4. Tell People You Are Writing!
No, Emily! It's too scary! They'll think I'm such a pie-in-the-sky, cotton-headed ninny muggins! Yes; some will. But some people will think it's cool, mostly because they've been wanting to do the same thing! I'm not saying tell everybody -- some people are just not the supportive type -- but I am saying that your friends and family should know.
The benefit is threefold for you. One, someone will be excited for you. When you find that person, remember to reach out to them when tempted to despair about the manuscript ever getting finished. Two, it will keep you accountable. People ask about your progress (don't get mad, they are just being nice!) Also, you'll be able to excuse yourself from otherwise unavoidable commitments because of the need to carve out writing time. If people already know you're working on a book, they can't very well blame you for missing dinner club (is that a thing? I think that's a thing). Lastly, you will find yourself meeting writer friends, an invaluable help in staying sane throughout the writing process. My first writer friend was the lovely Molly Seltzer, whose first published book you will find here. Immediately upon learning that I was trying my hand at a novel, Molly sent me a slew of excited, supportive emails, plus a care package full of goodies such as a book on writing, a favorite book in my genre, a hilarious card, and a copy of the completed manuscript she was pitching! That experience alone was enough to justify "going public" with my novel.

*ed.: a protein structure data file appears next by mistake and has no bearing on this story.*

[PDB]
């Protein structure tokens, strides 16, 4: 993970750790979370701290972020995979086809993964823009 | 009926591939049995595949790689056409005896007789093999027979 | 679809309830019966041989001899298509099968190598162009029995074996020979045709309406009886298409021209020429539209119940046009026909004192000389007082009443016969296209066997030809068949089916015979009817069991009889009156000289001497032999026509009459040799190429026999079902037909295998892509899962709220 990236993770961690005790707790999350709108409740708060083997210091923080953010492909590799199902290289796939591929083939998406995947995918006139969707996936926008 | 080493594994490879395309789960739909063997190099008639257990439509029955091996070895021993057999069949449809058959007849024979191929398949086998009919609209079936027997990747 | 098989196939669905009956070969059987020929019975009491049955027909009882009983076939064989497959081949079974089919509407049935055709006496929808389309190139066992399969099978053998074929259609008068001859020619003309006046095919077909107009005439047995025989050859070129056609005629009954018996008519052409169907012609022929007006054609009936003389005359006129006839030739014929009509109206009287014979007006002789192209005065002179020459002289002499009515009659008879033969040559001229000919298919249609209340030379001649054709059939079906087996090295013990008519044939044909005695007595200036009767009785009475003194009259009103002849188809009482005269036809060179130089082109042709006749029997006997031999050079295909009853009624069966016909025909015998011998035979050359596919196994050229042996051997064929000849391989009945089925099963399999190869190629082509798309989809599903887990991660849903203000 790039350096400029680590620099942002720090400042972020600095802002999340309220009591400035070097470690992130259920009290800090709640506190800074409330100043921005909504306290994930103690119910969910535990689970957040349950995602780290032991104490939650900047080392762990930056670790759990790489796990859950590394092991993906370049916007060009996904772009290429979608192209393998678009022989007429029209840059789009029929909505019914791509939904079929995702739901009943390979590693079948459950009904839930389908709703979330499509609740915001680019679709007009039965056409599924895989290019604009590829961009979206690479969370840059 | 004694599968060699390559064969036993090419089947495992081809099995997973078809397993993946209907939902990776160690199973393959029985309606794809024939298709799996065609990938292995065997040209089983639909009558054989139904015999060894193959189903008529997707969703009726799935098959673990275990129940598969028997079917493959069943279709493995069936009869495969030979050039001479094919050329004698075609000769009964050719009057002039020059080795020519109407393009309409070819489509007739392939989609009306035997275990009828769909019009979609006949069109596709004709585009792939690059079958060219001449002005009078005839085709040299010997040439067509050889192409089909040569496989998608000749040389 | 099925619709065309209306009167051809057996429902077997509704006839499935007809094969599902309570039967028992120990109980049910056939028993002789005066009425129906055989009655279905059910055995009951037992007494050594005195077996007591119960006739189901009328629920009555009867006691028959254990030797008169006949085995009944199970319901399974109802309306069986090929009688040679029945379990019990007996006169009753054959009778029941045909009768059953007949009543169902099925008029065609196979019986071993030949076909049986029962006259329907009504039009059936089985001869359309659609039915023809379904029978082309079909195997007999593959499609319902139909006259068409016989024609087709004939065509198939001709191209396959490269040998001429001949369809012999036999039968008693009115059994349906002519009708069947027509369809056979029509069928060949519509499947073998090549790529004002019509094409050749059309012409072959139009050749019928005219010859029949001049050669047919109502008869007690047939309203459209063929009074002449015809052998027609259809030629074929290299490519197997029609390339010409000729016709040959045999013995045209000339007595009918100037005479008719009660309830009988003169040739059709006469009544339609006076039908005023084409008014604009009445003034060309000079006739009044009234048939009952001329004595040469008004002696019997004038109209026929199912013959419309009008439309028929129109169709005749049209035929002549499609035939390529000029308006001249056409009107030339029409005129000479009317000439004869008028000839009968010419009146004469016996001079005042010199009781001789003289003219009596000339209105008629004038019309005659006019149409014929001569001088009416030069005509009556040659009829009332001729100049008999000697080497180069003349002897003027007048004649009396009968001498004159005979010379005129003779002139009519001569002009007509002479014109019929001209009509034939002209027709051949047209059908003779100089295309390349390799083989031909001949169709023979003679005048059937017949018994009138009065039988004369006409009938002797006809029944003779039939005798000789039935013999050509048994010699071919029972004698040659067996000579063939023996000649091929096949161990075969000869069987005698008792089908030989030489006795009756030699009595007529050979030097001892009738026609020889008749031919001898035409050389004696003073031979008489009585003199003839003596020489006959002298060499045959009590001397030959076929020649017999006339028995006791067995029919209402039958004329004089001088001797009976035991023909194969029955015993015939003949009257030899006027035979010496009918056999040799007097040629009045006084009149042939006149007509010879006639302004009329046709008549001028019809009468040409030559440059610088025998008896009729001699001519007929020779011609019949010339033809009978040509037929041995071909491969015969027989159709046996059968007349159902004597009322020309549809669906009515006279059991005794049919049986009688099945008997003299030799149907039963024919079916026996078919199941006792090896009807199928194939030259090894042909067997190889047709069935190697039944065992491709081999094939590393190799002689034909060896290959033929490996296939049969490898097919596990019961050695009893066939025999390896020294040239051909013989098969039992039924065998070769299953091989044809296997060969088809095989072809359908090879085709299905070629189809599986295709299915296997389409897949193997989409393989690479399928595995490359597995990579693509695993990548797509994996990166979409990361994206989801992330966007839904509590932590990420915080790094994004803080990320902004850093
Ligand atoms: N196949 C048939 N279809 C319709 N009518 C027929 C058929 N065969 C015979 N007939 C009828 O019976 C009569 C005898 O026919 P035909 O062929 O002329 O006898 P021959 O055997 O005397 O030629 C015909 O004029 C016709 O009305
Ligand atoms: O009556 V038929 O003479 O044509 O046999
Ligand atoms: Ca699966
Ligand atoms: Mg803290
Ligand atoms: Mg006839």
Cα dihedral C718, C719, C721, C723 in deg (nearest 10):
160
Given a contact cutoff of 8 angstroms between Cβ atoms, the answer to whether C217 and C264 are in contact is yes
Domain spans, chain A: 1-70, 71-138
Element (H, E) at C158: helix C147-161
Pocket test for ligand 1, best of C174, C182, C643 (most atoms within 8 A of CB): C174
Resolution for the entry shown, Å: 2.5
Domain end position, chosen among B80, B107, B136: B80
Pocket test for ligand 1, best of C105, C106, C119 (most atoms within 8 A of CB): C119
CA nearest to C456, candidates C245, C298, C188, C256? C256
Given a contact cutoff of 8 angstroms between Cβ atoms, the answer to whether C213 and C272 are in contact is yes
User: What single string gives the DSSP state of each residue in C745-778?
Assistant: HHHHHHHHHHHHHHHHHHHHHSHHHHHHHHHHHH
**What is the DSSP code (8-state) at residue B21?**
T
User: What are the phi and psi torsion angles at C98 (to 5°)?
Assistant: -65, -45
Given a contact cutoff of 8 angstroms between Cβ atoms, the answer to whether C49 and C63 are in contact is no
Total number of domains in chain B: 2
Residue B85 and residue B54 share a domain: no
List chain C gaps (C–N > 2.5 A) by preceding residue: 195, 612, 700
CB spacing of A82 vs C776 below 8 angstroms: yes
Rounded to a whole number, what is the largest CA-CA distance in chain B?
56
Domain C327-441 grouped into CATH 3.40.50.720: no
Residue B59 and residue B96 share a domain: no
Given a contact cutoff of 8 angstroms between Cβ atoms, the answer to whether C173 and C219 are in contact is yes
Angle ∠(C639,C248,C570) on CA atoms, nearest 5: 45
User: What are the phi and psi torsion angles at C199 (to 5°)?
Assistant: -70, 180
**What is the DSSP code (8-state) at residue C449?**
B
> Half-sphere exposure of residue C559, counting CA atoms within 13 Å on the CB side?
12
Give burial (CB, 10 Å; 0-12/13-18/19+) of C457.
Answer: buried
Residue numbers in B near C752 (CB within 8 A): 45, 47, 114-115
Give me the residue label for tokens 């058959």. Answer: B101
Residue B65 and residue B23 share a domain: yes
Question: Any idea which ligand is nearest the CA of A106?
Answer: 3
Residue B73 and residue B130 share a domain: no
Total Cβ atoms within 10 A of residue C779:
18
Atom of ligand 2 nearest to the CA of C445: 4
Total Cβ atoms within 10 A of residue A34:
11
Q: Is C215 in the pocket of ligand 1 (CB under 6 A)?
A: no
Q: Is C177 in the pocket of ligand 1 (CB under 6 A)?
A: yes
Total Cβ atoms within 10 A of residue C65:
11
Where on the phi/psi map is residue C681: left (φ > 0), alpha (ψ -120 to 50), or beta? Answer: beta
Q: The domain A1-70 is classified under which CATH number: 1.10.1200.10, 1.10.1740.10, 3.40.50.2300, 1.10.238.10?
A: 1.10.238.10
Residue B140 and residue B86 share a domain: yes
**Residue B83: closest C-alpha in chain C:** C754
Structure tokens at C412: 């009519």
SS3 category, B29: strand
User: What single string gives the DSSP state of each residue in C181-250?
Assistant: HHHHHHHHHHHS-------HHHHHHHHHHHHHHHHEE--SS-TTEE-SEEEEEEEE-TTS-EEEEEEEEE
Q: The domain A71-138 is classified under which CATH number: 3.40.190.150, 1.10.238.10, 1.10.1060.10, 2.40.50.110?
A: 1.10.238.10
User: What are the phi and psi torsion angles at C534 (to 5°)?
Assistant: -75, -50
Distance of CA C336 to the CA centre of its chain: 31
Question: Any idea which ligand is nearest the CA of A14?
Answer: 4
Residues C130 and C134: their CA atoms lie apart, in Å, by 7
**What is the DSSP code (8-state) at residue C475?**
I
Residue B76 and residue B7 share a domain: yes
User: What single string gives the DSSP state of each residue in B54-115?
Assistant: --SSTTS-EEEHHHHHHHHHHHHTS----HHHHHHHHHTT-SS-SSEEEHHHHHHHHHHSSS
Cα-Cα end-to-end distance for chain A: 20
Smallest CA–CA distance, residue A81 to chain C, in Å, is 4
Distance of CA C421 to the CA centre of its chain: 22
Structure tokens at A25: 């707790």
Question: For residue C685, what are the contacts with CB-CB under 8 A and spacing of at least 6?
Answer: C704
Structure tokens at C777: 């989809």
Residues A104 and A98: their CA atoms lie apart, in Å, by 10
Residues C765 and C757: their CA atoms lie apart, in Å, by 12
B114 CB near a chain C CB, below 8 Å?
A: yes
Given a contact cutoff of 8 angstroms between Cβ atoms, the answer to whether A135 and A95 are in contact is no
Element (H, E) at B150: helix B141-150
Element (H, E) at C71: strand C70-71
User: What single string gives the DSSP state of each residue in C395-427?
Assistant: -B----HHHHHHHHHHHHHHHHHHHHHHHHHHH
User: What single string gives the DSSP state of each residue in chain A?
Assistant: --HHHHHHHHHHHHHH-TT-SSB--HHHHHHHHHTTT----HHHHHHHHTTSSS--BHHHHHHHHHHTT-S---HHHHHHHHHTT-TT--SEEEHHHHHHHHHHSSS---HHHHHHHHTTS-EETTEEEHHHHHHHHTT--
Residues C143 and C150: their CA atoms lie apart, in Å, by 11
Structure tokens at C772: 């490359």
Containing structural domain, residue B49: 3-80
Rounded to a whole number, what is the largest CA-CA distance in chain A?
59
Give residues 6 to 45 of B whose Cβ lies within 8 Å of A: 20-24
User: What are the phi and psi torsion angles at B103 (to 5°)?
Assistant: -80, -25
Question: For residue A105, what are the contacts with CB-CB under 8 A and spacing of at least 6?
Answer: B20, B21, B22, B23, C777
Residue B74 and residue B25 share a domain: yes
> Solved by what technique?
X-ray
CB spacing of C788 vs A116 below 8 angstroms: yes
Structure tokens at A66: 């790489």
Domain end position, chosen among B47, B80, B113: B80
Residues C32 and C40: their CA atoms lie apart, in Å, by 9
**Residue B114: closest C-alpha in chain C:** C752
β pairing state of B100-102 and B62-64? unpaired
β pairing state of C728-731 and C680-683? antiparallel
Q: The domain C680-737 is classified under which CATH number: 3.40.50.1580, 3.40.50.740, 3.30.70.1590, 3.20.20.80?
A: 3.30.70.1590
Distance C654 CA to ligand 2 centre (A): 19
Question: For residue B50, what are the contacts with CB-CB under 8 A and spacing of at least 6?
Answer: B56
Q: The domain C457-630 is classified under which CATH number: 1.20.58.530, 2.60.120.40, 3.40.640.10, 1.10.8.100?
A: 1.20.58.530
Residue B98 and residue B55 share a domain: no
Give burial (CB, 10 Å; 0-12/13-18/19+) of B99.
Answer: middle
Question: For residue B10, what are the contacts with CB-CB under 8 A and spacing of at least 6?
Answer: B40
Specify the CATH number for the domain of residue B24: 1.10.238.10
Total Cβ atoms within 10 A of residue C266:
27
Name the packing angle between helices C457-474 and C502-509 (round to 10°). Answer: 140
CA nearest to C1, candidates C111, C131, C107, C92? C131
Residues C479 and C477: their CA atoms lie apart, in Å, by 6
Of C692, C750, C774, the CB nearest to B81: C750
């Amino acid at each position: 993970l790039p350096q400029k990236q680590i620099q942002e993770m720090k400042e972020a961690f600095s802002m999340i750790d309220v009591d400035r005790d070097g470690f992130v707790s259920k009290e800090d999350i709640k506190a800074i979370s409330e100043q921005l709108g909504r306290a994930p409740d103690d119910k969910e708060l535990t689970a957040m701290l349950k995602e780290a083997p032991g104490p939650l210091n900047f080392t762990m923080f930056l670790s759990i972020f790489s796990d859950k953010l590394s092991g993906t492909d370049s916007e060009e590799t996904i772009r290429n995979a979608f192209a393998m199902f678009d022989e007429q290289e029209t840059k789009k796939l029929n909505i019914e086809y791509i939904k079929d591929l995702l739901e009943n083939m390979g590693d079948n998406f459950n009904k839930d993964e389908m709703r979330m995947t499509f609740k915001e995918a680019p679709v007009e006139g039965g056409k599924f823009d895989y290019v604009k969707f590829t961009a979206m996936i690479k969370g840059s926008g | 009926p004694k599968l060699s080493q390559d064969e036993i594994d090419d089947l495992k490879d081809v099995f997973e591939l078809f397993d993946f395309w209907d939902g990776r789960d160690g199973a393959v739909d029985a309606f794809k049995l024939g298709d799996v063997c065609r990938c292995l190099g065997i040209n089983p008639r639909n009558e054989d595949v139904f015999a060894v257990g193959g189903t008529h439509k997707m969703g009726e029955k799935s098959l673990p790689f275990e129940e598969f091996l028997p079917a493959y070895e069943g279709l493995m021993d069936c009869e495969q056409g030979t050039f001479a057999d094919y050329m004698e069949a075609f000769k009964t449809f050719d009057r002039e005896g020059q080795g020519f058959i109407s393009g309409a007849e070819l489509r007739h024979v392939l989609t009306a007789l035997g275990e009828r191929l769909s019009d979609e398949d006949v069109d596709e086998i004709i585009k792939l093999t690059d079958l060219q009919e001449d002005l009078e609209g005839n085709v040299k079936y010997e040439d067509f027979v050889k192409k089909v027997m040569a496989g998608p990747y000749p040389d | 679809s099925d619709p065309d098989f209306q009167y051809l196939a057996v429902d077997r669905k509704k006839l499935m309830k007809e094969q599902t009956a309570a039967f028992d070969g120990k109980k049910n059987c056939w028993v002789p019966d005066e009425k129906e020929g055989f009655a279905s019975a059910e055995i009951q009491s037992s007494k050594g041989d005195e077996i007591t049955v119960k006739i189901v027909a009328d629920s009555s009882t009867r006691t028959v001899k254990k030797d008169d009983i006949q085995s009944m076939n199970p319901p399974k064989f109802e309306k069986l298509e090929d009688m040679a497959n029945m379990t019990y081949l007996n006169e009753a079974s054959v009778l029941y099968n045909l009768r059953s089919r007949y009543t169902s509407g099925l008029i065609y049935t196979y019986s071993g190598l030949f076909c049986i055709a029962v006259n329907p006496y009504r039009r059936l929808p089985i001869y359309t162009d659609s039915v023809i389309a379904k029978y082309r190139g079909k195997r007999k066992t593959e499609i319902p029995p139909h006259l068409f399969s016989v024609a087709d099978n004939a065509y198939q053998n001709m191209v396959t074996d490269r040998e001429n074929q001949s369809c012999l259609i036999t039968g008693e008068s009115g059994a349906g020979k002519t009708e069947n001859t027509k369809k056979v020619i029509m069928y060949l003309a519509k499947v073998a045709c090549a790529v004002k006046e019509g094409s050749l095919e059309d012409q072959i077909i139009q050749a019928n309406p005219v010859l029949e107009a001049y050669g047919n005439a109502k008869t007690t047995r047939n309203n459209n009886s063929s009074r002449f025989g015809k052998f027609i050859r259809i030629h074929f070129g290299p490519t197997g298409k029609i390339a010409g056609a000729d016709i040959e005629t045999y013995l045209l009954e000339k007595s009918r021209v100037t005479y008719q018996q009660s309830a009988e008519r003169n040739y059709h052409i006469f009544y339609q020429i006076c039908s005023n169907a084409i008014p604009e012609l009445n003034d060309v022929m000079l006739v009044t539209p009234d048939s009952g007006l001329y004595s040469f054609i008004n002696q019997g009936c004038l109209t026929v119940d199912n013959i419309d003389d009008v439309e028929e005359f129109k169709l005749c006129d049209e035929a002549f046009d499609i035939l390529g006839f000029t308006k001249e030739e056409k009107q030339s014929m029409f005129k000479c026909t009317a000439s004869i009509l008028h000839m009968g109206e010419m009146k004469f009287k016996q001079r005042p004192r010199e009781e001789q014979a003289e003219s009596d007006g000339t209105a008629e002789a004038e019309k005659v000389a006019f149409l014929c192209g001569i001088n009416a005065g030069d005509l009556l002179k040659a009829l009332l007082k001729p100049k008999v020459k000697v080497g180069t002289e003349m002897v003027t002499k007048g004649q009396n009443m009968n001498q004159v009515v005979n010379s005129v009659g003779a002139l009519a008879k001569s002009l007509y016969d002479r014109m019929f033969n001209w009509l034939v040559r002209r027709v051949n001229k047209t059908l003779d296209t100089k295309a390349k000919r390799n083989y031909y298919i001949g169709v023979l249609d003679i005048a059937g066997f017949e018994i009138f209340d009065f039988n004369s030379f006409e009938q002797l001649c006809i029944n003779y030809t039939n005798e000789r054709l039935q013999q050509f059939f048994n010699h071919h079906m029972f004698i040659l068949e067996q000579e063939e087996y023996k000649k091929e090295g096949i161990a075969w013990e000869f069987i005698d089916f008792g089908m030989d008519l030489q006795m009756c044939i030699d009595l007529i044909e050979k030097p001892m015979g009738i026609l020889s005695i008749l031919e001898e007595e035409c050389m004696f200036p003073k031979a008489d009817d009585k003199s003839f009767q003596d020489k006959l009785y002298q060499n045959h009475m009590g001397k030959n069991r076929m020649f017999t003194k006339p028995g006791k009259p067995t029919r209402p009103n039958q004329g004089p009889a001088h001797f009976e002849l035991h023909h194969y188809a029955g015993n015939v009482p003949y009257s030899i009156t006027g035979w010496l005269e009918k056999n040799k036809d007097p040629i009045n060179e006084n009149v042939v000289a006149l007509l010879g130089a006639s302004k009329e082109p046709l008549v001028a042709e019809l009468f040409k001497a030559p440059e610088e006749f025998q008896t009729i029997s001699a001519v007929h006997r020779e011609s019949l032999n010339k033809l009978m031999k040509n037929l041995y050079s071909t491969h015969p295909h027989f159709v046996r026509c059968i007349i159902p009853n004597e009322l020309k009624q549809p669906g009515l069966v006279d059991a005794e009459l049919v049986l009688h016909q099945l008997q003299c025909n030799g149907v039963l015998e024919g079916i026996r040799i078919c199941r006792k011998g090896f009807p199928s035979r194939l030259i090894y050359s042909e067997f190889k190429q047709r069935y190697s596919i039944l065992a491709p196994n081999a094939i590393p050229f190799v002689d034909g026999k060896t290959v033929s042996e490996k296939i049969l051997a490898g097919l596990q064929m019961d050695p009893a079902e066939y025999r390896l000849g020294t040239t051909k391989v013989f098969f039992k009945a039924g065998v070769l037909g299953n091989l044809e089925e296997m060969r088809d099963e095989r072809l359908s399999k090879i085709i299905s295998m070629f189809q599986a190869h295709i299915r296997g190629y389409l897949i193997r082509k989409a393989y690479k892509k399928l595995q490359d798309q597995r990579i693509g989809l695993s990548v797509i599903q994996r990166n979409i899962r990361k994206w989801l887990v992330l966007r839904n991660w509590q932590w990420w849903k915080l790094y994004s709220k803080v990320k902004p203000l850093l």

5. Accept Yourself.
Trust that working hard on something will ultimately make you a better person. It is good to come face to face with one's demons (for more on facing the writer demons, see my post here.) G.K. Chesterton (and you thought I'd go a whole post without mentioning Chesterton) wrote that it is nonsense for one to "believe in himself." After all, I am the one person I know I cannot count on. However, we can and should accept ourselves with all our failings and shortcomings. Only then can we acknowledge that all blessings and successes come from a higher Good. This attitude fortifies our confidence when harsh criticisms come our way, but keeps us humble in the face of acclaim.
I hope this post was the little nudge you needed to get back to the keyboard. Special thanks to my writer friend Catherine for the post idea :)
Now stop reading and get writing!